In this decision, a division of the Court of Appeals considers the validity of a juvenile’s waiver of his right to counsel. During the juvenile court proceedings, J.V.D. refused appointment of counsel, proceeded at trial pro se/represented by his mother, was adjudicated delinquent, and was sentenced to two years in the custody of DYS. On appeal, represented by counsel, J.V.D. asserted that he did not effectively waive his right to counsel.
The division agrees with J.V.D., reasoning that neither the Colorado nor U.S. Supreme Court has expressly extended the right of self-representation to juveniles and that, by authorizing the juvenile court to appoint counsel on its own motion, § 19-2-706, C.R.S., suggests that a juvenile does not have that right. A waiver of counsel must be both knowing and voluntary and a strong presumption applies against any waiver; the division reasons that in addition to the factors a court must inquire into for adults waiving their right to counsel, a juvenile court must also consider, when considering the totality of the circumstances, “factors such as ‘the juvenile’s age, previous court experience, education, background, intelligence, and capacity to understand the nature of his or her rights and the consequences of waiving those rights.” (citing People v. Simpson, 51 P.3d 1022, 1025, 1027 (Colo. App. 2001)). The division also notes that the protections afforded to juveniles at a minimum must be equivalent to those afforded an adult defendant. Additionally, the court must make specific findings pursuant to § 19-2-706(2)(c). Moreover, the division applies a structural error analysis, concluding that a plain error analysis should not apply to this inquiry because, for a juvenile lacking legal representation, “the requirement of a contemporaneous objection . . . is illogical.”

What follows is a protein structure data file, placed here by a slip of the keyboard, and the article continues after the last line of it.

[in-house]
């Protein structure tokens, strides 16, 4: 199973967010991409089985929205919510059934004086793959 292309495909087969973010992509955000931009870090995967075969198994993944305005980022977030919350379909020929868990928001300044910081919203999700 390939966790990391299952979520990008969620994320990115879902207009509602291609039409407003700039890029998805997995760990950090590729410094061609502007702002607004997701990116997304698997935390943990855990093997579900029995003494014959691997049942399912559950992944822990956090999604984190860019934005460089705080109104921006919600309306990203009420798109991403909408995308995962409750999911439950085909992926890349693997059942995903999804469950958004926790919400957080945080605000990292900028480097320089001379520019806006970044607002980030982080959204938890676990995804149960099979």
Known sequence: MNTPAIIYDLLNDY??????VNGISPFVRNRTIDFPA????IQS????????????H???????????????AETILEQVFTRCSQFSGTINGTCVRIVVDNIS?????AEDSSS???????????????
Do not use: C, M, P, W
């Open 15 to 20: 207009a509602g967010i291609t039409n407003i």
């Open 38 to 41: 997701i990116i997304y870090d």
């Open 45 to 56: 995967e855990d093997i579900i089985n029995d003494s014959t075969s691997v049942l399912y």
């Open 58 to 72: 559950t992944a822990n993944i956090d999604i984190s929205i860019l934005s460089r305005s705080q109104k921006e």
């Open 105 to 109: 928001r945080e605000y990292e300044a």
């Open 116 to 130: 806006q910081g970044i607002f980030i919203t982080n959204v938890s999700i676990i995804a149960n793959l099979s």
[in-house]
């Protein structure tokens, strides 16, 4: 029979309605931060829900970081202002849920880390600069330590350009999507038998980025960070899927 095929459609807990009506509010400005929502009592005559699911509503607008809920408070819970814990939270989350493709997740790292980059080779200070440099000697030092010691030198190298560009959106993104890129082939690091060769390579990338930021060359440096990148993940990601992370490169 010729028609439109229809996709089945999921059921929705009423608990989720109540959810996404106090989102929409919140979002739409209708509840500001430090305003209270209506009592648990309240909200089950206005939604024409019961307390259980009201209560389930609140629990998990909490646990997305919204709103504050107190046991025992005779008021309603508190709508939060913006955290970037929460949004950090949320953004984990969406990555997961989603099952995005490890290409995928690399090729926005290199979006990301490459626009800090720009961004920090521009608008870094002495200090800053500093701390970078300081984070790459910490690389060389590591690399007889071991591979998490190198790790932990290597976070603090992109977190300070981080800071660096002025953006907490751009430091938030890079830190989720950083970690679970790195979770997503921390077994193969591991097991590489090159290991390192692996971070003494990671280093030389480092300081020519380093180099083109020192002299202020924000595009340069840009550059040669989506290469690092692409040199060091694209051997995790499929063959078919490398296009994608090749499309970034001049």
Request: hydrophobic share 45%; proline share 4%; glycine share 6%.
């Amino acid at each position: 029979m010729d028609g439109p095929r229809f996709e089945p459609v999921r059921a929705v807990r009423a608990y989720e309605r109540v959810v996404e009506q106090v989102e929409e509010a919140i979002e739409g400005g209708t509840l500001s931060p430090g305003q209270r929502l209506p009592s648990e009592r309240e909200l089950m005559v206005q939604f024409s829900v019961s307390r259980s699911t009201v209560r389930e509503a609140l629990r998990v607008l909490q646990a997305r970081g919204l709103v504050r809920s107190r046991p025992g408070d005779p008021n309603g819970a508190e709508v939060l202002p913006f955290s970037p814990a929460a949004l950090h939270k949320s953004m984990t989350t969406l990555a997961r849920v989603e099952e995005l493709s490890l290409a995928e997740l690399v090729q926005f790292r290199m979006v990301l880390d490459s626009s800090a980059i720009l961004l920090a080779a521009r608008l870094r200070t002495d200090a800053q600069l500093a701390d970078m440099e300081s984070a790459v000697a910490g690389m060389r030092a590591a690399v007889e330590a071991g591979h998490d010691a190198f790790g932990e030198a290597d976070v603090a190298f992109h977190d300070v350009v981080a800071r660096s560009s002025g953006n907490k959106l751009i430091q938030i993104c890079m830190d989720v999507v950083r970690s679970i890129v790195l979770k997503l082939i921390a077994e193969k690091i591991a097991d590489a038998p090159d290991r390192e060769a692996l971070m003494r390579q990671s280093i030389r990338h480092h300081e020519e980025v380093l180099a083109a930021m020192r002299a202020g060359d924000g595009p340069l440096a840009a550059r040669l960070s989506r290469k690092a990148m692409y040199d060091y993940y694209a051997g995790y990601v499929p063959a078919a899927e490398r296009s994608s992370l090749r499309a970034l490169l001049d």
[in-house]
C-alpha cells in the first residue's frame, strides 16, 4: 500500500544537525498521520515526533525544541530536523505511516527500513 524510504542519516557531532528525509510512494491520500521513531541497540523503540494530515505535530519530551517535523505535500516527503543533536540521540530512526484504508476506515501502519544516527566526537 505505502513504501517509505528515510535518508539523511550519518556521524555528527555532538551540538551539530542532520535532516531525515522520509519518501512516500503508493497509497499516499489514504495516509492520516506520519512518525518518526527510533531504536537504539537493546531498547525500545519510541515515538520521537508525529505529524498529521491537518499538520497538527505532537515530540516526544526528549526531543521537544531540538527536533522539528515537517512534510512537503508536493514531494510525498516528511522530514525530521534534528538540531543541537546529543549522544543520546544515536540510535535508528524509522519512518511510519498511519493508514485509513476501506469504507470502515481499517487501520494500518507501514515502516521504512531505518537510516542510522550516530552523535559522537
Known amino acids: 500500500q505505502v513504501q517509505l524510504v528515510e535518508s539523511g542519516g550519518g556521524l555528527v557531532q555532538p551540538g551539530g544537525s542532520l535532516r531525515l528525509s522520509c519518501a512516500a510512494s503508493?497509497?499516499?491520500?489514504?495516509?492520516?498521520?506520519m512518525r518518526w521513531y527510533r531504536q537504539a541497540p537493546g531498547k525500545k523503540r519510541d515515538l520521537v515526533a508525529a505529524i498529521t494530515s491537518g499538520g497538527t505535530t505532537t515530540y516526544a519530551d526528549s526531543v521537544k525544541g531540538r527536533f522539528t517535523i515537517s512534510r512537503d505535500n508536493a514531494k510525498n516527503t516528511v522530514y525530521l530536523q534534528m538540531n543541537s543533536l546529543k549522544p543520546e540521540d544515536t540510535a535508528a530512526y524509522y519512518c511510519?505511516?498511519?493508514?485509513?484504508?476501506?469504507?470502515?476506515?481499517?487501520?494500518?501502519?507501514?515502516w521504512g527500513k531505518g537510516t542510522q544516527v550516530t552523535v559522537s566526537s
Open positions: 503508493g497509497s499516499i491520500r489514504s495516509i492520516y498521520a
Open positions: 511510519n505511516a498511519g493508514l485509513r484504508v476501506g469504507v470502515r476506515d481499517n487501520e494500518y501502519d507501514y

The division concludes that the record itself demonstrates that the juvenile’s waiver was ineffective because of the absence of advisement and express findings in the record. While the factors and record demonstrate that the waiver was voluntary, it was not knowing and intelligent.Click here to access the case in Westlaw.